07/28/2014 12:33 pm ET Updated Sep 26, 2014

NYPD Chokehold Case: 'It Tore My Heart Out'

Gwen Carr, the mother of Eric Garner is in tremendous emotional pain. She has had to look at a cell phone video recording that has gone viral regarding alleged police brutality against her son. The mother of Eric Garner (she is a train conductor in NYC for the Transit Authority) looked me in my eyes with profound sadness as she made this comment. You can see the full interview here from RNN TV.

"When I seen what they were doing to my son, it tore my heart out." She paused about three seconds, and then repeated the perspective that any mother would have: "Just tore my heart out. Now on TV, it's like they keep killing him over and over. My husband won't even let me have the remote control."

This case is highly emotional.

Under investigation by Staten Island District Attorney Dan Donovan, the Garner family has already met with the U.S. Attorney's office regarding a possible violation of civil rights.

But is everything as clear in the video as it appears to be on the surface? Supporters of Mr. Garner say, of course, yes. Supporters of the police officers involved respond, of course, no.

There are two statements Garner made on the recording of the incident that stand out. On the video, the public sees Mr. Garner complained to police about being targeted by them for alleged harassment. He told the officers "This stops today." And later as the officers physically struggled with him, Garner said, "I can't breathe... I can't breathe." Seconds later Garner would be unconscious.

Garner's family is sad but furious at the same time, and they believe race indeed played a factor.

"I hate to say it, but if it had been a white boy, would he have choked him? Would they have choked him to death like that?" -- Benjamin Carr, father of Eric Garner

The union representing the police officers tells a very different story. Friday I sat down with Pat Lynch, the President of the Patrolmen's Benevolent Association. Lynch calls the case a tragedy and showed compassion, declaring no officer starts out their day with the possibility that they may take a life, but while tragic, Lynch quickly adds if Garner did not resist arrest he would be alive today, and Lynch argues it was not a chokehold. You can see the RNN-TV interview here.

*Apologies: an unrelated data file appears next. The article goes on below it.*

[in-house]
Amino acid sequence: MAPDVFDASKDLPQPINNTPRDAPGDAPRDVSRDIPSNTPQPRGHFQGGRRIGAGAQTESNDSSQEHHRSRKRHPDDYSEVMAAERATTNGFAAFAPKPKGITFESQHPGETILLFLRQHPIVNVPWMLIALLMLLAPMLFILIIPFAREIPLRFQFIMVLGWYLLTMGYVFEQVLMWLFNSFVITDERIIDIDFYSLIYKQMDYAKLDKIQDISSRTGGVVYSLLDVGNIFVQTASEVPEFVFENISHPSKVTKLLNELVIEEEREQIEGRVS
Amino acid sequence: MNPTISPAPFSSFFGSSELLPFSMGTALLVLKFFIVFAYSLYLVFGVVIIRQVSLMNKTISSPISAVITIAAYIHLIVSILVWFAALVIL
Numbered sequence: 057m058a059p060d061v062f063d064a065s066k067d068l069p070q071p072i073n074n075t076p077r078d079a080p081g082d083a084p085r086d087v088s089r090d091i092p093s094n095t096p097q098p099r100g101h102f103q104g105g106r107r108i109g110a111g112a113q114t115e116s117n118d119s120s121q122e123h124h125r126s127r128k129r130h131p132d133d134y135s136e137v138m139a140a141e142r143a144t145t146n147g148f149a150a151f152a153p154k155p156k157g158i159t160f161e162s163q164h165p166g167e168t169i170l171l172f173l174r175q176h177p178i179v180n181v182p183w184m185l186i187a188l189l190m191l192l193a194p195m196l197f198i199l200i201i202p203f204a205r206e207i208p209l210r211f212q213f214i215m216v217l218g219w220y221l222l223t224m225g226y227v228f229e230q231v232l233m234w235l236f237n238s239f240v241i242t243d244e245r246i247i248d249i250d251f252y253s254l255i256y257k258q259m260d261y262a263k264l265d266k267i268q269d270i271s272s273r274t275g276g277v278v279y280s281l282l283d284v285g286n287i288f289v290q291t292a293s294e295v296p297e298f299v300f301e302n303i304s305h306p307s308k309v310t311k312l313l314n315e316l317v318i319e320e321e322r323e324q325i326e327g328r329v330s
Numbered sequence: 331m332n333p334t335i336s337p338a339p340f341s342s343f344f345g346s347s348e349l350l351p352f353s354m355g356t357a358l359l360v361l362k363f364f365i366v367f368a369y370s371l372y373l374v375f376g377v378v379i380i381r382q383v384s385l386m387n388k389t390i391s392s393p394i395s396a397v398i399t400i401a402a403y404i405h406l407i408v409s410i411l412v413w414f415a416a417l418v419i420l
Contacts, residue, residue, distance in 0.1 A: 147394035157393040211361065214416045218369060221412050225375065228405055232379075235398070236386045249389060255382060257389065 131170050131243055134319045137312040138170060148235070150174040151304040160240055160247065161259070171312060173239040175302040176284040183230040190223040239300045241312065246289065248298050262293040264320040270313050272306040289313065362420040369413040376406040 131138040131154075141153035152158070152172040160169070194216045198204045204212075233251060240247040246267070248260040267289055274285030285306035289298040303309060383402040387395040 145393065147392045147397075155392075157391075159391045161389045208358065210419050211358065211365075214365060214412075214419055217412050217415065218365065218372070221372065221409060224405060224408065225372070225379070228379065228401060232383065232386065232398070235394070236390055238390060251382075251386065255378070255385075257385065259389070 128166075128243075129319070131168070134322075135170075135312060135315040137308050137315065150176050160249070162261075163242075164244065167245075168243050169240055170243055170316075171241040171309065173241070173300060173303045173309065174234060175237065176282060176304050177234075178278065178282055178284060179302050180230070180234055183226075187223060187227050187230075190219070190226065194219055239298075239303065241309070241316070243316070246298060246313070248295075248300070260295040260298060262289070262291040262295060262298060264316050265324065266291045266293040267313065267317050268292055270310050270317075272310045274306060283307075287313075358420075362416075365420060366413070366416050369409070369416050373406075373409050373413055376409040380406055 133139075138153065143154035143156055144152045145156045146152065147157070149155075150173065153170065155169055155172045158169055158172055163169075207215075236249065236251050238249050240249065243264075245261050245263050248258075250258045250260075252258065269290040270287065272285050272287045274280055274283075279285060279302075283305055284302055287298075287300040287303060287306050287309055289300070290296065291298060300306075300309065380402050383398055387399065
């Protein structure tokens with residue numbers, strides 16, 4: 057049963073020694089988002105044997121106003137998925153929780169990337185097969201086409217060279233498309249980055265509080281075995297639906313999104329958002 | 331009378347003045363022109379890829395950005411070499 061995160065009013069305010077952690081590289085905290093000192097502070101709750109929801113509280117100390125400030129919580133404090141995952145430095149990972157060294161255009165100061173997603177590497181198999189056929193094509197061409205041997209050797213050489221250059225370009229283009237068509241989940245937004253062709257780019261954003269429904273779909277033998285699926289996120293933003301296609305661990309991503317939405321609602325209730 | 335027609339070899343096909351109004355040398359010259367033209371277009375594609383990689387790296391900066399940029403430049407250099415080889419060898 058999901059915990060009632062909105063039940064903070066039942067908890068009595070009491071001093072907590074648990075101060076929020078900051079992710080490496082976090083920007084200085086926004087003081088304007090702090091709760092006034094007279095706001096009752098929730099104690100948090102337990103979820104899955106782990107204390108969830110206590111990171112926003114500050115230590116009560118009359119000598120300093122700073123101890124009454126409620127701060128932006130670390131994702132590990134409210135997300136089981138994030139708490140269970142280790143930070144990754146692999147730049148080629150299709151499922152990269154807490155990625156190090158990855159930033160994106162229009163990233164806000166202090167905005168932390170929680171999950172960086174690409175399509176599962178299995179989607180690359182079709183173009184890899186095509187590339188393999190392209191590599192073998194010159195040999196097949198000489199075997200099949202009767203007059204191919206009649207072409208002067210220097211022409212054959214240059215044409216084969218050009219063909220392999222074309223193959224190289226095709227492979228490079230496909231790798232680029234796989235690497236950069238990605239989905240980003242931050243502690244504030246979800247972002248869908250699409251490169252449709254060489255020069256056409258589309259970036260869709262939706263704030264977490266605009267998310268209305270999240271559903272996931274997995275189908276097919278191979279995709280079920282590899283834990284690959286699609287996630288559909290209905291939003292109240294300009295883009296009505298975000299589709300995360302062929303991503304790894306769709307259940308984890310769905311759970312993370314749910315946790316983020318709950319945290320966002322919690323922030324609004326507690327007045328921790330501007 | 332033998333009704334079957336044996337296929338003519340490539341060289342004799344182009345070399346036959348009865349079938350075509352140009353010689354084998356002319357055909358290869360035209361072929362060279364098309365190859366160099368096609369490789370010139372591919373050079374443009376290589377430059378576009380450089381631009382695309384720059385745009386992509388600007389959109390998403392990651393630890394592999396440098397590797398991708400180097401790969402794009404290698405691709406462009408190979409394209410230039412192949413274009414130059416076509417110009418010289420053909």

"I don't believe that was a chokehold. You had police officers that needed to bring this person to the ground to place him under arrest. He decided to struggle and fight instead." -- PBA President Pat Lynch

But if there is to be a criminal prosecution, a prosecutor has their work cut out for them.

Mr. Garner's supporters say the tape clearly shows a chok hold, and they quickly add the mayor and police commissioner have already agreed with them from a blue room news conference at City Hall.

I asked Dan Schorr, a one-time Queens prosecutor, who was educated at Harvard University, how you prove a chokehold, especially considering they are banned under NYPD rules. Here is what he said:

Well, video evidence is part of that. You'll have expert testimony. Testimony about what is a chokehold, what's not. How you actually cut off the oxygen to somebody. So the grand jury can understand that, and if it goes to trial, ultimately a jury. This is a tragic case. No one should die in police custody, but these police officers are innocent until proven guilty. Just like any criminal is, even mass murders are innocent until proven guilty. So the facts have to come out. The video is certainly very upsetting and its heartbreaking to here from the family, but the investigation has to go forward.

There is something that is very unique about this case.

Most of the time history has shown with such alleged police brutality cases, the families have viewed city hall as the enemy, and with great suspicion, but not this time.

The Garner family has had much praise for NYC Mayor Bill de Blasio, and the way he has handled the case, with Garner's mother saying the mayor "has been very supportive." Kirsten John Foy, an adviser to the Garner family and part of Rev. Al Sharpton's National Action Network summed it up this way:

The administration has, after 20 years of seeing a City Hall that was neglectful, and many times antagonistic to the community that was victimized, we have an administration that jumped out in front and recognized the humanity, and the crisis that was pending out of this incident. Immediately called the family to relay their condolences, and demonstrated a humane leadership that we haven't seen in 20 years.

But the Police Department of New York City is under great scrutiny as of late. Several other allegations of alleged police brutality have surfaced with videotape. Police Commissioner William Bratton has said he's ordering a "top-to-bottom" review of all of the training the NYPD provides to its personnel dealing with such matters.